|Title:||Death By Drowning|
When we did get the request for a review of the new The Dogs' album, I firstly thought it was not the same gang of madmen from Oslo I saw live with Kvelertak on October 17 last year: could it be them? After all, their latest work, "Swamp Gospel Promises", was released on January 2016… It seemed too soon. So, when I did check that the band was that very one, that Norwegian catchy garage-punk group which I even put in my personal list of the Top 30 Albums of 2016, I felt like I was going to have a heart attack if I was not going to work on their new stuff… And so I got it!
Sorry for such a prosaic banging on, I just had to make clear how much I like them and how it feels good to listen to their brand new "Death By Drowing". Also, knowing that since 2014 The Dogs have been releasing an album each year, the news of another newborn work of theirs so soon shouldn't have seemed to me that unusual.
Ten tracks, whose first one is the short, strong and sharp "Oslo", that acts as a business card which presents the band to those who didn't know them. Two minutes and half filled with angry vocals (almost screamed), an organ in the background and a — if we could call it so — chorus that keeps on blasting your brain even after you put back the CD inside its case; therafter, we get to song number 2, whose title reawakens the Doom inside all of us: "All Of Us Kids Were Accidents". That is provided with a linear structure as consistent as the one of its follower, "Why Is The Flesh So Strong", characterised by a slower rhythm and deep vocals, although as distorted as always, and in a certain way even dramatic, surrounded by such a catchy chords changes that it's almost impossible not to start singing along with Kris. I dare say that it has some sort of epicness within, both for the choir in the end and the whole instrumental accompaniment: try it, take your shot! A similar mood it's been mixed within "It Still Hurts", a song whose lyrics are dedicated to a father who's gone and whose loss is still an open wound, which still hurts.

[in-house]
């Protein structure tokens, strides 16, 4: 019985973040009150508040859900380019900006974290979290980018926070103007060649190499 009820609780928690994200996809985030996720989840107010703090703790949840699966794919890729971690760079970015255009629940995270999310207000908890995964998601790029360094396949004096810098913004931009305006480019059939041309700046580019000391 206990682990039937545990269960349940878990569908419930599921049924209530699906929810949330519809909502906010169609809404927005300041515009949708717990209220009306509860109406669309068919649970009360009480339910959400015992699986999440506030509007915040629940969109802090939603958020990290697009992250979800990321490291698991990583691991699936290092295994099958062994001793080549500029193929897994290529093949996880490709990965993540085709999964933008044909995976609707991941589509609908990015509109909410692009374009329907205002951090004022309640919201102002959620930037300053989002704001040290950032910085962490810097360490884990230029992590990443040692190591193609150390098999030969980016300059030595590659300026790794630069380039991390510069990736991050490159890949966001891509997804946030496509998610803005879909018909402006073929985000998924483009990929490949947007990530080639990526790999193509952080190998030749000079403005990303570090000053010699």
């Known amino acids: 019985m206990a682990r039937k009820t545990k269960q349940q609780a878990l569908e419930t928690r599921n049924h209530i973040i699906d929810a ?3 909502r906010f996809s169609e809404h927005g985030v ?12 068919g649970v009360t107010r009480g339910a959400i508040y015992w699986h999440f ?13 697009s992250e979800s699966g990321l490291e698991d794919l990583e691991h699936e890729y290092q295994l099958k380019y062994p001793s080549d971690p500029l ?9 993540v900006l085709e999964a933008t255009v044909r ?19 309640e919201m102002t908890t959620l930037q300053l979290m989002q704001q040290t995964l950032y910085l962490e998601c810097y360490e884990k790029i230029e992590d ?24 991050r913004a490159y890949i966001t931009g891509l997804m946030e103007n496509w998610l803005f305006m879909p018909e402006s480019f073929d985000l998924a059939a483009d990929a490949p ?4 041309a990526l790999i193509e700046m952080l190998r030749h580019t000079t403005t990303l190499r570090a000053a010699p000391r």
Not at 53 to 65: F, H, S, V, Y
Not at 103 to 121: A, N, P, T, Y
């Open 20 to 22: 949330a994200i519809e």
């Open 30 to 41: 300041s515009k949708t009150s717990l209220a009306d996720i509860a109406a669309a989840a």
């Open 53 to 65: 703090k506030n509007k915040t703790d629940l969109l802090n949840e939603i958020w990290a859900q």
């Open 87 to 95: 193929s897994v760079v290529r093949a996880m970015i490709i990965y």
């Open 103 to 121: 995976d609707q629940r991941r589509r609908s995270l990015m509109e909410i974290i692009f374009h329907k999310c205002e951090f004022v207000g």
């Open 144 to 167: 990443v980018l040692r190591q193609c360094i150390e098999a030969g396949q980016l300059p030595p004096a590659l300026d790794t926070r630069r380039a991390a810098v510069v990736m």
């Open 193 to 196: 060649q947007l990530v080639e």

Hard rock-ish solos played over pop-punk ("Declaration Of Isolation"), a harmonica which plays the lead role ("Please Say Something") and even more rock influences ("Where The Circle Joins") prove us that here there are unequivocally lots and lots of sparks and ideas. The voice gets once again fierce with "Stay Under Water", whose strong point is choirs, whilst, with "Get Away From Me", I suddenly found myself back to Nineties' pop-punk — though it's just for a couple of minutes — when everyone just dressed quite randomly (which happens to be still à la mode). "The Rain Held A Thousand Needles" marks the end with its harmonica chorus, a somehow classic piano and some good, motivating speech: «Live, you that do, live».
That's it, nothing more to add, if not that The Dogs did it again: they got another album which, I already know, I'm going to be listening to for the next days, over and over again. Being these the the premises, I'm going to meet them once again in my end of the year's Top 30; in the meanwhile I'm waiting anxiously for another live gig of theirs and — even if it's going to mean once again penises in the air — I'm going to be prepared, keeping in my mind that, as well as they're fiercely charismatic, they'll be hugging everyone once again, at the end of the show.
Come back soon!